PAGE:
In Grove City, Chuck Boso recounts similar stories.
“They have numerous fundraising events for various causes here,” Boso said. “Anything from the Buckeye Ranch to Children’s Hospital to donating time on parks projects. They’ve been very good to the community.”
Local law enforcement officials said any increase in retail development — not just the arrival of a Walmart — brings additional calls for police services.
Lt. Scott McKinley of the Reynoldsburg Police Department said the Taylor Square business corridor is a mixed blessing.
“Obviously, when you have a huge number of commercial developments go into an area like that, the community is glad because it increases jobs, it increases tax revenues, additional resources for citizens,” he said. “However, you’ve also got the bad things. Traffic is greater and people commit crimes when there’s that many businesses. We take shoplifters out of there, and people who steal things from cars.
“There’s nowhere else to compare it to in Reynoldsburg because that is the business concentration,” McKinley said.
According to Reynoldsburg police records, between January and May of this year, there were a total of 170 calls for service to Walmart and its parking lot area, compared to a total of 490 calls for service to the entire Taylor Square shopping center during the same period.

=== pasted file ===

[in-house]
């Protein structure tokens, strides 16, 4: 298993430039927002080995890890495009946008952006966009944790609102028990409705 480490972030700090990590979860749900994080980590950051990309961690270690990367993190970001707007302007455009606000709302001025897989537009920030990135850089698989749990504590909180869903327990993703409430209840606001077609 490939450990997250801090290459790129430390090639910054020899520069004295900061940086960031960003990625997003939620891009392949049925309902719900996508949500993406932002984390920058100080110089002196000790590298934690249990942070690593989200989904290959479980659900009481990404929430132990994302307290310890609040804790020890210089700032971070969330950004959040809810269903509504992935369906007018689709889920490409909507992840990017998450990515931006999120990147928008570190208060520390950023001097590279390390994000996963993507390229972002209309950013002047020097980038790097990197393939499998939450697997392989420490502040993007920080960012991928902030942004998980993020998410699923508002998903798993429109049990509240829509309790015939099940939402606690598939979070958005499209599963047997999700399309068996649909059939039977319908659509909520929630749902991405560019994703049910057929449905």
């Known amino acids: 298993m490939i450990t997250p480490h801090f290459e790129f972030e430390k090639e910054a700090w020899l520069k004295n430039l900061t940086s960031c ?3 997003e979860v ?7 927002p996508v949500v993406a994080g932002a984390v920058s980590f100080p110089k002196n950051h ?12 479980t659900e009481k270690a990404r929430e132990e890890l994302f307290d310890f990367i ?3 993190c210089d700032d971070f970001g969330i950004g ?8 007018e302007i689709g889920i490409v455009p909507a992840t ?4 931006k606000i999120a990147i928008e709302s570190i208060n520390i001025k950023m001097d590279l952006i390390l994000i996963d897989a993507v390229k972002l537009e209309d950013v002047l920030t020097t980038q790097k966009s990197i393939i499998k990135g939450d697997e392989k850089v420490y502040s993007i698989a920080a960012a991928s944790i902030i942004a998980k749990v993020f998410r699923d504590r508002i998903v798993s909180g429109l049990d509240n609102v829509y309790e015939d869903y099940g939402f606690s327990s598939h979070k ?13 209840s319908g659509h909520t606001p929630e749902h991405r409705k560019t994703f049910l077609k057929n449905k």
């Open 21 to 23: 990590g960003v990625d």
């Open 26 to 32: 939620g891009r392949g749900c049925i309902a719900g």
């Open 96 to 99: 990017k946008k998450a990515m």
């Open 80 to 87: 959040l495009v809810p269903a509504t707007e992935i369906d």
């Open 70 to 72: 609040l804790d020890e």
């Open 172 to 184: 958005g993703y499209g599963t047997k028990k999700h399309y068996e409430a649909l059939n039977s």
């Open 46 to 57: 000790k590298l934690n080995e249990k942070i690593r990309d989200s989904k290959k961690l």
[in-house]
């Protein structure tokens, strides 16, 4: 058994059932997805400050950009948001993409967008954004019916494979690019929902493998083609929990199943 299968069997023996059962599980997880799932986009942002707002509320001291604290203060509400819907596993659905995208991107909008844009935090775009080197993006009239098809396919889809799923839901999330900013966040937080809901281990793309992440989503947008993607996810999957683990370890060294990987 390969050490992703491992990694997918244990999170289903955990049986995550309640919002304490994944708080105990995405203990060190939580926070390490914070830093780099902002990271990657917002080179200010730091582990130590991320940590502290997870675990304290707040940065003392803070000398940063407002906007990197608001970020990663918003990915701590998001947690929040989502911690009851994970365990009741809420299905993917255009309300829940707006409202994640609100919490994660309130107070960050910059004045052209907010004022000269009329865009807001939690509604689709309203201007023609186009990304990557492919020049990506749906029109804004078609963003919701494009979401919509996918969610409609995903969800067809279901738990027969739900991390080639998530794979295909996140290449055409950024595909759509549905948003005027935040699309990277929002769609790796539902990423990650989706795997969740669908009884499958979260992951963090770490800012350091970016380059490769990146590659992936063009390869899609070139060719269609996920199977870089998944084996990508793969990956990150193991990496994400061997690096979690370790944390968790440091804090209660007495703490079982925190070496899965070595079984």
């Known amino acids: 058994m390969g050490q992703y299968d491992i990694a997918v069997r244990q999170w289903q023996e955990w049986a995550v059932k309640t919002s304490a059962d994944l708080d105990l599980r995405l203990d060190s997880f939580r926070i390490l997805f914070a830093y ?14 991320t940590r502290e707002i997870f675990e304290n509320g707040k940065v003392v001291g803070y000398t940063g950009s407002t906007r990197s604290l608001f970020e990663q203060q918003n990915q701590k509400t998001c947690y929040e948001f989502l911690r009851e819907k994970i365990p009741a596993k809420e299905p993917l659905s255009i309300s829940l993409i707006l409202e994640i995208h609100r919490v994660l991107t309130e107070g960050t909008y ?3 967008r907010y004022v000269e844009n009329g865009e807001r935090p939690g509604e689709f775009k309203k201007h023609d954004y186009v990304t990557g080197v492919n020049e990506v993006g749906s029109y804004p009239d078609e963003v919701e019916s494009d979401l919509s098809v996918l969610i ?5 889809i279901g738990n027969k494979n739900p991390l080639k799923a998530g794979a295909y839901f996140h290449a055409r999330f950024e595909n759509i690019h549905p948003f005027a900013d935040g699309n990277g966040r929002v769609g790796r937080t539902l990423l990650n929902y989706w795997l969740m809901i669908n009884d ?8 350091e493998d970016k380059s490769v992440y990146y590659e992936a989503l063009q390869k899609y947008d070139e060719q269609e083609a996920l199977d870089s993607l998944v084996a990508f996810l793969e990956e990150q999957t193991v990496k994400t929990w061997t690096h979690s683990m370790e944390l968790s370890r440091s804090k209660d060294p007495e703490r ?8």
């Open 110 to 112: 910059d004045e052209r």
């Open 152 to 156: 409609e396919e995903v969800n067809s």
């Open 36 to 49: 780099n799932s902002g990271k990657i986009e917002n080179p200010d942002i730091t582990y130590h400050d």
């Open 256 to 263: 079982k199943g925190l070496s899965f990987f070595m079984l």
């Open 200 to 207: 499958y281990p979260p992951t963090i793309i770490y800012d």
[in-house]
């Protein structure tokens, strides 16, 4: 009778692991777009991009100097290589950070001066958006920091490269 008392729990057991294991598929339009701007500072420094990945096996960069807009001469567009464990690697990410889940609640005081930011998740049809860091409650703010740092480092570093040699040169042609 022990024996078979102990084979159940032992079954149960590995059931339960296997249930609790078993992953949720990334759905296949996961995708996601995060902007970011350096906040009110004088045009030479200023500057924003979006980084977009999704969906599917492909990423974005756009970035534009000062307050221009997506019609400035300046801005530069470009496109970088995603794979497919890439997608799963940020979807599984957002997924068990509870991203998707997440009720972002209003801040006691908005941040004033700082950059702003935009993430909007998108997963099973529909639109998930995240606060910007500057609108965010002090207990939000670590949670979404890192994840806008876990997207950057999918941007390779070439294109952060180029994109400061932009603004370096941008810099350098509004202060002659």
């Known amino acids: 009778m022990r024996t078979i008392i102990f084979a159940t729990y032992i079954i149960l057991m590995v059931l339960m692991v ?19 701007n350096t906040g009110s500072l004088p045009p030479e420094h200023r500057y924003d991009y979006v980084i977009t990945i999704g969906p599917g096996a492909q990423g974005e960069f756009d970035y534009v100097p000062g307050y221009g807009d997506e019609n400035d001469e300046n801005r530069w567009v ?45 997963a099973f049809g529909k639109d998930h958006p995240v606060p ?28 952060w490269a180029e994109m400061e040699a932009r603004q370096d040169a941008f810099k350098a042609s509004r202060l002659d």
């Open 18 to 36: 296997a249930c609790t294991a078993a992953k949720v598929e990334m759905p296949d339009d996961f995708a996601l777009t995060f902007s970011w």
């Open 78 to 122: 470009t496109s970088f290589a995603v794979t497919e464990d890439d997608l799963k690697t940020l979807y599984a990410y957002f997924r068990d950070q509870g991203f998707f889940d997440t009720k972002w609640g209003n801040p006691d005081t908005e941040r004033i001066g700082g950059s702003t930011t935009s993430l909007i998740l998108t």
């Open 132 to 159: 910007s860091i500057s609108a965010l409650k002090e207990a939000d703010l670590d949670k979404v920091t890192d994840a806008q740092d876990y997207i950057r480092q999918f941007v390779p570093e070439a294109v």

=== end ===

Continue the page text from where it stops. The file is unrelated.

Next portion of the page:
Delaware City Police Chief Russ Martin has been with his department for 30 years and remembers when Walmart came to the city. Like any large retailer, he said, when Walmart opened, there was an initial increase in reports of passing bad checks, forgeries and shoplifting.
“Any business generates more activity than an open cornfield,” he said.
Police have worked with Walmart and other retailers in the Delaware Community Plaza Shopping Center on loss-prevention training to help identify bad checks and forgeries and to prevent shoplifting, he said.
“Over time, a lot of those crimes have tapered off or have decreased,” Martin said, calling the criminal activity at Walmart typical of similar retail establishments in the area.
“I would not categorize it as a problem,” he said.
Emergency services in Orange Township aren’t feeling taxed by Walmart, officials said. In 2010, 33 of the 2,000 runs made by the Orange Township Fire Department were to Walmart, Fire Chief Tom Stewart said. Similarly, at the Lewis Center Walmart, Agan said police services are used just like any other business.
“There’s shoplifting and the like, but the taxes the developments pay help support the schools and parks,” he said. “So which do you want?”
Information for this story and the entire Walmart series was provided by ThisWeek reporters Jennifer Noblit, Bonnie Butcher, Jessica White, Sarah Sole, David S. Owen, Lin Rice, Michael J. Maurer and Jennifer Nesbitt.